Conjunction of Venus and Neptune - February 15

Venus continues to be the star of the show this February, shining bright in the western sky after sunset. Look for Venus shining brightly at magnitude -4 between the constellations Capricornus, the sea goat, and Pisces, the fish.
Venus and Neptune are located on the same part of the sky just after sunset on February 15.
Venus and Neptune appear in the same part of the sky after 1.5 hours after sunset on February 15, 2023.
On February 15, Venus will meet up with the ice giant Neptune in an event known as a conjunction. This extremely close conjunction will bring the planets a mere 45 arcseconds apart at the closest approach. Unfortunately, that occurs in the daytime and will not be visible. By evening, the pair will be less than half a degree apart - about the width of the full Moon - and will be visible together through a telescope.
Neptune is too faint to see with the unaided eye, so a small telescope or good binoculars will be necessary to view it. Neptune will look like a small, blue disk close to the very bright Venus. Through a telescope, we will also see Venus' phase. Currently, Venus is in a waning gibbous phase. Over the next several months, as it catches up with Earth, it will get brighter, though we will see less of the planet. Surprisingly, Venus is at its brightest when it's in a crescent phase!
Venus and Neptune are magnified to 200x to simulate the view through a telescope.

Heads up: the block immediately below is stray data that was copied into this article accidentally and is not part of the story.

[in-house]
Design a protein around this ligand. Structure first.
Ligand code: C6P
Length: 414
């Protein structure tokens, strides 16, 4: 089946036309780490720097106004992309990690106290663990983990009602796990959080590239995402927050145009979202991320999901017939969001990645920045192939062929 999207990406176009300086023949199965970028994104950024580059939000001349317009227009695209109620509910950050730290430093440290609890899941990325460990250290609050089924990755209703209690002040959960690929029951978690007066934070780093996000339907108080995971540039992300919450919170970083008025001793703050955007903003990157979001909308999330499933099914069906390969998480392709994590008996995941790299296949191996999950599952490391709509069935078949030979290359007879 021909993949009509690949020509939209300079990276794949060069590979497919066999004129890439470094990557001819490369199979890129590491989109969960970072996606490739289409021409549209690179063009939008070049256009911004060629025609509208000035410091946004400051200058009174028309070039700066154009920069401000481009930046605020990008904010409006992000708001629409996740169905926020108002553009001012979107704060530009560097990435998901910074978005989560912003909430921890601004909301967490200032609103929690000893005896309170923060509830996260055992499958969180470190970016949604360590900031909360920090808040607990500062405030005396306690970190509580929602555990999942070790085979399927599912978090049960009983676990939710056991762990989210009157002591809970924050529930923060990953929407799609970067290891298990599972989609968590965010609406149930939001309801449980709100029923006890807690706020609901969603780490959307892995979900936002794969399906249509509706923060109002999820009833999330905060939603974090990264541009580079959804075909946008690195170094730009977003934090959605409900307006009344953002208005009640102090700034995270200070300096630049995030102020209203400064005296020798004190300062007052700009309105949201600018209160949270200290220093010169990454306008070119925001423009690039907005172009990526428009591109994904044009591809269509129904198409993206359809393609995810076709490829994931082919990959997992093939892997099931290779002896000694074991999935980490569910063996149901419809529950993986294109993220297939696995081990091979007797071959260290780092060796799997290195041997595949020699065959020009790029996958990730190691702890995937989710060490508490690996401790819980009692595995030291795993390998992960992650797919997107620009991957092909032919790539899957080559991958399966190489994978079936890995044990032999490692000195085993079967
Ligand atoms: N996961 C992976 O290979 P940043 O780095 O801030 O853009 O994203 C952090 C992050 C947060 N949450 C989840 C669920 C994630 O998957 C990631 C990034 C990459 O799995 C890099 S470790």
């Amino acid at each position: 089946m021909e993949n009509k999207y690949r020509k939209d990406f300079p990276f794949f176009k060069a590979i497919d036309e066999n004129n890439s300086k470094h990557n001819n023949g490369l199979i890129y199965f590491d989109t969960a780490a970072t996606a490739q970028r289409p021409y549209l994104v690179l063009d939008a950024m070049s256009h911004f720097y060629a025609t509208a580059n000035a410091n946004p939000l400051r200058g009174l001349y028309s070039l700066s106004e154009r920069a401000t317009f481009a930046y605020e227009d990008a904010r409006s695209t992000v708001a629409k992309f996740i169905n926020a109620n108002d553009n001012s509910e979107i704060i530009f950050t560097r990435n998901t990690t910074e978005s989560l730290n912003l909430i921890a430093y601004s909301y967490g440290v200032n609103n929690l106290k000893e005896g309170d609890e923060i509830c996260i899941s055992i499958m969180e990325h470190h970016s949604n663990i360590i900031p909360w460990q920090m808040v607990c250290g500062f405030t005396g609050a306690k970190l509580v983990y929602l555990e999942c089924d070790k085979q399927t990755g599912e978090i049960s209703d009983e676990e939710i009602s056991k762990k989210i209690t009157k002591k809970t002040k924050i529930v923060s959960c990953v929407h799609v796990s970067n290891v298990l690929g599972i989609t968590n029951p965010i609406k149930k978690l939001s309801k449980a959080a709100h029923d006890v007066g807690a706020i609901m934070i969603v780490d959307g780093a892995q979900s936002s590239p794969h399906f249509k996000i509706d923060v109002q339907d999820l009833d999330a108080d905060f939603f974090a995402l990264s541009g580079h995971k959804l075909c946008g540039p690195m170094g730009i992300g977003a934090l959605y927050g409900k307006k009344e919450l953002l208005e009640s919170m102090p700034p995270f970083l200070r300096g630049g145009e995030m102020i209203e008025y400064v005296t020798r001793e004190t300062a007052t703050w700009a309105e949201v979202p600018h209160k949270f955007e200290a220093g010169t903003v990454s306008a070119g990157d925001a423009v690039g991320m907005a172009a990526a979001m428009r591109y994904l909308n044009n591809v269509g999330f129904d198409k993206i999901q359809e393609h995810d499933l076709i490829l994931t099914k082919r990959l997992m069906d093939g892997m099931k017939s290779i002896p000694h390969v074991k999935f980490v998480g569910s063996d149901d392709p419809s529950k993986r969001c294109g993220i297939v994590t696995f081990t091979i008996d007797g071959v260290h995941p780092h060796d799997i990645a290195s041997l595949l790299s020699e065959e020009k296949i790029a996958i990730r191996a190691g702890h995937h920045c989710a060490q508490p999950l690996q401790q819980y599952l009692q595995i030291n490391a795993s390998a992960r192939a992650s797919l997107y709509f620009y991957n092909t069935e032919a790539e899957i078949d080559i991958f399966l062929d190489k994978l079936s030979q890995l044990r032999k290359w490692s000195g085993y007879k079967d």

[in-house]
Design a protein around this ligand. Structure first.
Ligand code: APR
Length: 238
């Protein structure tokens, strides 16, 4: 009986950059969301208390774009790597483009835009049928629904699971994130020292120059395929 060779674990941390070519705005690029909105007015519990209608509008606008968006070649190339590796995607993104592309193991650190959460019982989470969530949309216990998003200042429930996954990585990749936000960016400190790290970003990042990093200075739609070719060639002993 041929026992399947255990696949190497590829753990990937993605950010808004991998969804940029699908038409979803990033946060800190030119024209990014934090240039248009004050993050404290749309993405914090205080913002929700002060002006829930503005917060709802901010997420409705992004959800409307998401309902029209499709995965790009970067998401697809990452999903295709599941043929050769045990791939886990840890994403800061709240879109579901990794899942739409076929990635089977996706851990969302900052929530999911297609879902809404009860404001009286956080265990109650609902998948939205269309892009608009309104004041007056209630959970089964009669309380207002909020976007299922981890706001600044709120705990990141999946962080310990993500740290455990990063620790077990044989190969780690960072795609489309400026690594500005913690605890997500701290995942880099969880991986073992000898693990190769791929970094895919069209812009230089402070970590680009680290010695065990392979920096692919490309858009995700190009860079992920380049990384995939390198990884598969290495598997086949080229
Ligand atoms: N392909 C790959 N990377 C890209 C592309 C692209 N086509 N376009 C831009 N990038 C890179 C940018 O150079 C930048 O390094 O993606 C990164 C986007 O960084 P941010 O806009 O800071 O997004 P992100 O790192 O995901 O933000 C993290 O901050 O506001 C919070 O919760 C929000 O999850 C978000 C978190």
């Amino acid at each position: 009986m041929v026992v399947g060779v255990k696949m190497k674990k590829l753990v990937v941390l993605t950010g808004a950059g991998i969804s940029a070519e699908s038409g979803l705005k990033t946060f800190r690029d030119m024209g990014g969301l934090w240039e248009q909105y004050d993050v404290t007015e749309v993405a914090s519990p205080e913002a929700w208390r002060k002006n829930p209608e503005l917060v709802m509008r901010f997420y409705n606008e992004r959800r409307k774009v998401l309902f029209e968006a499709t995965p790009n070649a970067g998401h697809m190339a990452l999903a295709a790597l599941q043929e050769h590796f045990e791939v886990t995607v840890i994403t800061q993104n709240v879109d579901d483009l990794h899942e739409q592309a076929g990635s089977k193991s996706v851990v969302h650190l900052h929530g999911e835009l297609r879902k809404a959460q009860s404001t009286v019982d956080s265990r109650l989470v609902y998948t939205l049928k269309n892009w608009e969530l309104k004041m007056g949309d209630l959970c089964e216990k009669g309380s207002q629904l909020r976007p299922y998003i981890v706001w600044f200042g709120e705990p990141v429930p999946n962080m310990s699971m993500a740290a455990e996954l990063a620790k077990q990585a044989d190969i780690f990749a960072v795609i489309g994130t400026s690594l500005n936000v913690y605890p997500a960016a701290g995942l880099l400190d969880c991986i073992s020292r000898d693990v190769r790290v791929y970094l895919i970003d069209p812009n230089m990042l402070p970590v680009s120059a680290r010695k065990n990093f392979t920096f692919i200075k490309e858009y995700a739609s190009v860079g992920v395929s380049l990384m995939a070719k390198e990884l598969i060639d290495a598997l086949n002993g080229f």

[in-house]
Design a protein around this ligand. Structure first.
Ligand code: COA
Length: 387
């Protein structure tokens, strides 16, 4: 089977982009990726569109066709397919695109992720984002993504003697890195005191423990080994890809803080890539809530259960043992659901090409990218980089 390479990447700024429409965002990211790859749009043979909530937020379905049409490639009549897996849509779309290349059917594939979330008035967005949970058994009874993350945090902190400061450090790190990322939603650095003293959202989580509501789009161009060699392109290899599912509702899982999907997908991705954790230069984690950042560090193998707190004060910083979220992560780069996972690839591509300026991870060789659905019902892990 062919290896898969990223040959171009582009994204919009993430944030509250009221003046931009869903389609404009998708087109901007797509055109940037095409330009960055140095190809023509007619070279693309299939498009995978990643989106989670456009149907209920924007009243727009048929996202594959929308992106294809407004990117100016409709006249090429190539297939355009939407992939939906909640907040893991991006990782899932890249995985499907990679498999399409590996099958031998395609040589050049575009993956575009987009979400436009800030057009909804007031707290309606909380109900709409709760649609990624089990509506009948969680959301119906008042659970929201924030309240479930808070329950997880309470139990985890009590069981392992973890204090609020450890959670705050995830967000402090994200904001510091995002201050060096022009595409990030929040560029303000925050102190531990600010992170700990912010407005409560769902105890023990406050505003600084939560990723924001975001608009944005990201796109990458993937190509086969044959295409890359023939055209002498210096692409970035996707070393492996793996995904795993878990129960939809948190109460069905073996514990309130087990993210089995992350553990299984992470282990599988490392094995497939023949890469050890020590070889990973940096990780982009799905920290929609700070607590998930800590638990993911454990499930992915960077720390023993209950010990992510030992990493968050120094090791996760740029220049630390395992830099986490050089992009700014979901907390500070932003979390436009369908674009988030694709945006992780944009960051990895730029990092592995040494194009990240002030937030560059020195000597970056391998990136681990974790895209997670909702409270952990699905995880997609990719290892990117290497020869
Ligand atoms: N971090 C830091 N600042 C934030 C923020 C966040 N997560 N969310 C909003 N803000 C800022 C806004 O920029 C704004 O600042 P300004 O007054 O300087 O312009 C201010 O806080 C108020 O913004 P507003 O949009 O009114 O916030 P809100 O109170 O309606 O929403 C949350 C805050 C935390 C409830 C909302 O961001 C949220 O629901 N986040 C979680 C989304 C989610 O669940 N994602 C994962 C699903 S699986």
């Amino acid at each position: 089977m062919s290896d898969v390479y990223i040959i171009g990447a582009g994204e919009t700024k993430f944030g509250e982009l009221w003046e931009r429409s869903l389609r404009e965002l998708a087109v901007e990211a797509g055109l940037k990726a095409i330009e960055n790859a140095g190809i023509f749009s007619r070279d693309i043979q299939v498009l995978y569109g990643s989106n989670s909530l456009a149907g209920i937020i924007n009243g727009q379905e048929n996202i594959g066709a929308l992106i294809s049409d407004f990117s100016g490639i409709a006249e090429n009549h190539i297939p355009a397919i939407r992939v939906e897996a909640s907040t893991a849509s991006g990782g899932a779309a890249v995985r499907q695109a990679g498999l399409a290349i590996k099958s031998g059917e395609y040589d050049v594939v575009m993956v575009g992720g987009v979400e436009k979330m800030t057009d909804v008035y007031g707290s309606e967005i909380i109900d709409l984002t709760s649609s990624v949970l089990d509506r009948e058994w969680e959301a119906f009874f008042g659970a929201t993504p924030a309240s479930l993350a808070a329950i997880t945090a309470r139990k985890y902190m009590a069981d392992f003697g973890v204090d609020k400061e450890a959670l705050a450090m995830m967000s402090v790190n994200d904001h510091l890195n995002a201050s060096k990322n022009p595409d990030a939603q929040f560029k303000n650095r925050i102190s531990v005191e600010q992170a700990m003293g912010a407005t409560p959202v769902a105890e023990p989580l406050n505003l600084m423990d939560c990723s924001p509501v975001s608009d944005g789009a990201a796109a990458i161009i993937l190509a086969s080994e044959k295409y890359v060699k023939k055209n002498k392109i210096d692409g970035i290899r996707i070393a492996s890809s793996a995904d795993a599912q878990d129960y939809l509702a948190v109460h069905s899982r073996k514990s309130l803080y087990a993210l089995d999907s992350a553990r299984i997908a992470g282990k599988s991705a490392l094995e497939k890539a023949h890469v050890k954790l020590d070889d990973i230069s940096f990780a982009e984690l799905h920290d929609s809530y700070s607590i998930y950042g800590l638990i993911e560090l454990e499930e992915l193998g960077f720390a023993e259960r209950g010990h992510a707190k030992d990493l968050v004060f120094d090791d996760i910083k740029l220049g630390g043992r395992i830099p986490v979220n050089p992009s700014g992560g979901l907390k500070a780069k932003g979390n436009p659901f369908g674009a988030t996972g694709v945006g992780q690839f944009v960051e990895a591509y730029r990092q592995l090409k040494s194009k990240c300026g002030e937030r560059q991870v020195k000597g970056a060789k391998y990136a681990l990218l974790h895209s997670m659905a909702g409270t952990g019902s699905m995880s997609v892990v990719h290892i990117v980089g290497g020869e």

Venus and Neptune at 200x magnification to simulate the view through a telescope.
Conjunctions occur when two or more planets appear in the same part of the sky as either a single bright point or two points very close together. They occur because nothing in the universe is stationary. We’re all moving! As the planets orbit the Sun, some faster and some slower, they sometimes appear to be chasing one another. Venus seems to move quickly in the sky compared to the more distant planets like Jupiter and Saturn. In fact, Venus will be in conjunction with Jupiter on March 1!
Venus will be easy to spot after sunset shining at magnitude -4, while Neptune shines below the naked-eye limit at 8th magnitude, slightly down and to the right of Venus. Remember, apparent brightness, which astronomers measure as apparent magnitude, is reverse logarithmic. The brighter the star or planet is, the lower its magnitude number.